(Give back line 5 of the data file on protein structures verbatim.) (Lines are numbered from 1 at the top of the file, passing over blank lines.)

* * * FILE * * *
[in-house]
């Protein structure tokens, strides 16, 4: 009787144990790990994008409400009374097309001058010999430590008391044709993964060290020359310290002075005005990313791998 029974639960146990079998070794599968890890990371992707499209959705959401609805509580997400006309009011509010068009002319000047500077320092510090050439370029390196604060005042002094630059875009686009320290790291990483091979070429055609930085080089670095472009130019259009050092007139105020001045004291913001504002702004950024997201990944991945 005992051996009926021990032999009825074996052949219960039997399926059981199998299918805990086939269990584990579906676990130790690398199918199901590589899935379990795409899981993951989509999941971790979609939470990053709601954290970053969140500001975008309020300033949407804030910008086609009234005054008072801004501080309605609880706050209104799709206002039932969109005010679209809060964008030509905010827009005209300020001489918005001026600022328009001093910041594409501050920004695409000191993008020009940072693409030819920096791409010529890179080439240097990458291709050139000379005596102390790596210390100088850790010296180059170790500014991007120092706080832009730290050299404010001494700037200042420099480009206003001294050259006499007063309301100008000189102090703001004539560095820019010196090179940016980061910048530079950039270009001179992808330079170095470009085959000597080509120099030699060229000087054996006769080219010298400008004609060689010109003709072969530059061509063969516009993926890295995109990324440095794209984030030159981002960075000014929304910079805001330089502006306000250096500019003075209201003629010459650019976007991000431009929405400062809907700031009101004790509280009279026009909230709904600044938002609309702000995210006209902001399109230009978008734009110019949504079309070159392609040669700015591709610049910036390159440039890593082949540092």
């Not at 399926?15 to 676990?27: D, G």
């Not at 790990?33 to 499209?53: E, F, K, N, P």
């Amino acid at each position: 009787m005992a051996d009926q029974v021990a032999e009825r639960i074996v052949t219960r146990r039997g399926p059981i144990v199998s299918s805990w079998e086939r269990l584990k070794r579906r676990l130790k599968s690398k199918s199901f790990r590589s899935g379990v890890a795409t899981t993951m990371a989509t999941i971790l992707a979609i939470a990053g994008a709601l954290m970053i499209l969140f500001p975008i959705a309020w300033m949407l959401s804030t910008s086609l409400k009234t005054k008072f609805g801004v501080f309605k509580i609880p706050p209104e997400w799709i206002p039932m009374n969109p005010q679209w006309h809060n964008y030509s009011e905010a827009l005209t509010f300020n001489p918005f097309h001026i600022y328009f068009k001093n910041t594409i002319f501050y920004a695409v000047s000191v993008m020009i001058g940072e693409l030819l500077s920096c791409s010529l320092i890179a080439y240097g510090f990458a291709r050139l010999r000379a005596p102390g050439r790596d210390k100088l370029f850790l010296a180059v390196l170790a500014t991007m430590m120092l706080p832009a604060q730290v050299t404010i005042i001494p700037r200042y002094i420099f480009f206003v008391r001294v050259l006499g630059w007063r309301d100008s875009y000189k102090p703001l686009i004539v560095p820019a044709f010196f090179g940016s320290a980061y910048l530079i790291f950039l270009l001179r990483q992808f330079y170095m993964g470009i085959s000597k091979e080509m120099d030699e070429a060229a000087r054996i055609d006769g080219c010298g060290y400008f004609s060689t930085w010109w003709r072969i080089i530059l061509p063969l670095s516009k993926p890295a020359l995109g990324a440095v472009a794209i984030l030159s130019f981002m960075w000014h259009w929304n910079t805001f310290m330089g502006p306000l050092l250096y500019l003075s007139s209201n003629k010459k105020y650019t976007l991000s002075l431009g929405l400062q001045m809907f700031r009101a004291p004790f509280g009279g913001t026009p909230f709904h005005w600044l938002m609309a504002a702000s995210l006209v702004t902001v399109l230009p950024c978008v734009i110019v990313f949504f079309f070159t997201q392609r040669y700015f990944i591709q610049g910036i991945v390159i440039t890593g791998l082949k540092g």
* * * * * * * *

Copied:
């Amino acid at each position: 009787m005992a051996d009926q029974v021990a032999e009825r639960i074996v052949t219960r146990r039997g399926p059981i144990v199998s299918s805990w079998e086939r269990l584990k070794r579906r676990l130790k599968s690398k199918s199901f790990r590589s899935g379990v890890a795409t899981t993951m990371a989509t999941i971790l992707a979609i939470a990053g994008a709601l954290m970053i499209l969140f500001p975008i959705a309020w300033m949407l959401s804030t910008s086609l409400k009234t005054k008072f609805g801004v501080f309605k509580i609880p706050p209104e997400w799709i206002p039932m009374n969109p005010q679209w006309h809060n964008y030509s009011e905010a827009l005209t509010f300020n001489p918005f097309h001026i600022y328009f068009k001093n910041t594409i002319f501050y920004a695409v000047s000191v993008m020009i001058g940072e693409l030819l500077s920096c791409s010529l320092i890179a080439y240097g510090f990458a291709r050139l010999r000379a005596p102390g050439r790596d210390k100088l370029f850790l010296a180059v390196l170790a500014t991007m430590m120092l706080p832009a604060q730290v050299t404010i005042i001494p700037r200042y002094i420099f480009f206003v008391r001294v050259l006499g630059w007063r309301d100008s875009y000189k102090p703001l686009i004539v560095p820019a044709f010196f090179g940016s320290a980061y910048l530079i790291f950039l270009l001179r990483q992808f330079y170095m993964g470009i085959s000597k091979e080509m120099d030699e070429a060229a000087r054996i055609d006769g080219c010298g060290y400008f004609s060689t930085w010109w003709r072969i080089i530059l061509p063969l670095s516009k993926p890295a020359l995109g990324a440095v472009a794209i984030l030159s130019f981002m960075w000014h259009w929304n910079t805001f310290m330089g502006p306000l050092l250096y500019l003075s007139s209201n003629k010459k105020y650019t976007l991000s002075l431009g929405l400062q001045m809907f700031r009101a004291p004790f509280g009279g913001t026009p909230f709904h005005w600044l938002m609309a504002a702000s995210l006209v702004t902001v399109l230009p950024c978008v734009i110019v990313f949504f079309f070159t997201q392609r040669y700015f990944i591709q610049g910036i991945v390159i440039t890593g791998l082949k540092g």